But that’s precisely what makes the game profitable in the first place: the fact that everyone thinks they can play and everyone can win. But that’s not the case. 

Poker is a zero-sum game, which means that in order for someone to win, somebody else has to lose. And most people do.

In fact, at least 70% of people who play poker will end up losing overall in the long run. That is the cold hard reality of the game.  

The few that don’t lose aren’t the ones that are inherently luckier than others, but the ones that understand the nature of variance, and make it work for them instead of using it as an excuse for their bad results. 

When things go bad to worse for them, they don’t bemoan their luck and blame the rigged RNG. They wonder in which way they are complicit in their bad results. 

If they realize that variance indeed played a crucial role in their results, they’ll shrug it off and continue playing their best. 

But more often than not, they’ll realize they have made some sort of mistake, and then they’ll do what they can to fix it and not make it again.

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3. Winning Poker Players Constantly Improve Their Knowledge

Everyone has leaks in their game, and nobody is born an expert. 

The ones that did become experts are the ones that went through their whole game with a fine-toothed comb, and actively looked for ways to improve.

In other words, they had humility. Poker is deceptively simple, and it’s easy to assume you have it all figured out, and it’s just a matter of time before you’re playing high stakes or you win a bracelet. 

In fact, I’d argue this is probably one of the biggest reasons most people lose money at poker, period. It often doesn’t have to do with their technical game knowledge. 

With the abundance of poker related material available online these days, everyone can learn pretty much everything there is to know about the winning poker strategy.

The easiest place to start is just to read Crushing the Microstakes for example. It provides a complete step by step strategy for a beginner to get winning quickly.  

But being able to learn something and to actually master it are very different things. Knowledge is difficult. It takes time, dedication, and effort, and there are no shortcuts. 

And the biggest detriment to actually mastering something is thinking you already have it figured out. How can you learn something new if you don’t even think there is something new to learn?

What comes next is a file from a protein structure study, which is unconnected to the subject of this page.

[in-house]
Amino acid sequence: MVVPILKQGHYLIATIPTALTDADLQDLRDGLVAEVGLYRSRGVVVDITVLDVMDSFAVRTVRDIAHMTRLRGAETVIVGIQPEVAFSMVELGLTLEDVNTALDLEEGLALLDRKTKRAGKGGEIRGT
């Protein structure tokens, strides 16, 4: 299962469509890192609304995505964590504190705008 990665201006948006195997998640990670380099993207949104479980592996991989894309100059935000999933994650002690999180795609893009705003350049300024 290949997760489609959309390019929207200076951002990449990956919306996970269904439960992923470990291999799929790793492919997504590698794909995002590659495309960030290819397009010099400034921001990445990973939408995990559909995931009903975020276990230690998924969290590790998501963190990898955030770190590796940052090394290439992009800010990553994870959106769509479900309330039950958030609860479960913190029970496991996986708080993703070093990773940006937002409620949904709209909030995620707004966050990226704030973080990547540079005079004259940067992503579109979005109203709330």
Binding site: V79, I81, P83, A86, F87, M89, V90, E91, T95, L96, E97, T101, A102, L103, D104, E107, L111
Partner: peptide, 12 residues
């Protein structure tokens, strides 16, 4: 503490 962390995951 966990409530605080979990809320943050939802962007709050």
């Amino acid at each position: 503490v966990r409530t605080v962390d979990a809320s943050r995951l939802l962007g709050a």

It’s often the case that the more you learn about a certain topic, the more you realize how much there is to learn, and how little of it you actually know. This is the paradox of knowledge.

This might seem discouraging, because it’s easy to get overwhelmed with the amount of information out there. 

But that’s the first step to becoming an expert. To paraphrase the great Fedor Holz: it’s not about having all the right answers. It’s about asking better questions.

So realizing you don’t have it all figured out is the first step to improvement. Realizing how little you actually have figured out can be outright debilitating, but don’t get discouraged. 

Simply asking a question such as: “what is it that I don’t understand?” can get you on the right track.

And if you want to simply learn from the best poker players in the world, there are tons of excellent high level advanced poker training programs available these days.

Why Some People Win at Poker, But Most Don't (Summary)

So are the few people that manage to win it big inherently luckier than the rest of us mortals?
Well, it could be. 

Luck does play a part in everything you do in life, and poker is no different. You can’t take down a huge poker tournament without a particularly fortunate run of cards, for example.

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But luck is only a part of the equation, and there’s a lot more to being successful than being lucky. 

Ascribing everything to chance is neither true nor helpful, but people tend to use it as an excuse nonetheless.

A better approach would be acknowledging that there is randomness beyond our control, and choosing to focus exclusively on the things we can control. 

In poker, you don’t choose the cards you’re dealt, but you choose how to play them, as well as how to react to them.

Some people do it better than others, and that’s why some people win, while most lose. 

Poker is a zero sum game, so it’s natural for most people to stack at the bottom, i.e. lose money, while most of the money will pour right to the top of the pyramid. 

It’s a law of nature, and there’s no way around it.

The players at the top aren’t inherently luckier than others. They just put far more effort into their game than most people would even consider doing. 

And they didn’t do so for the prospect of getting filthy rich (for the most part, at least). They did so because of their love for the game. The money was just an afterthought.

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Why Some People Win at Poker (But Most Don't)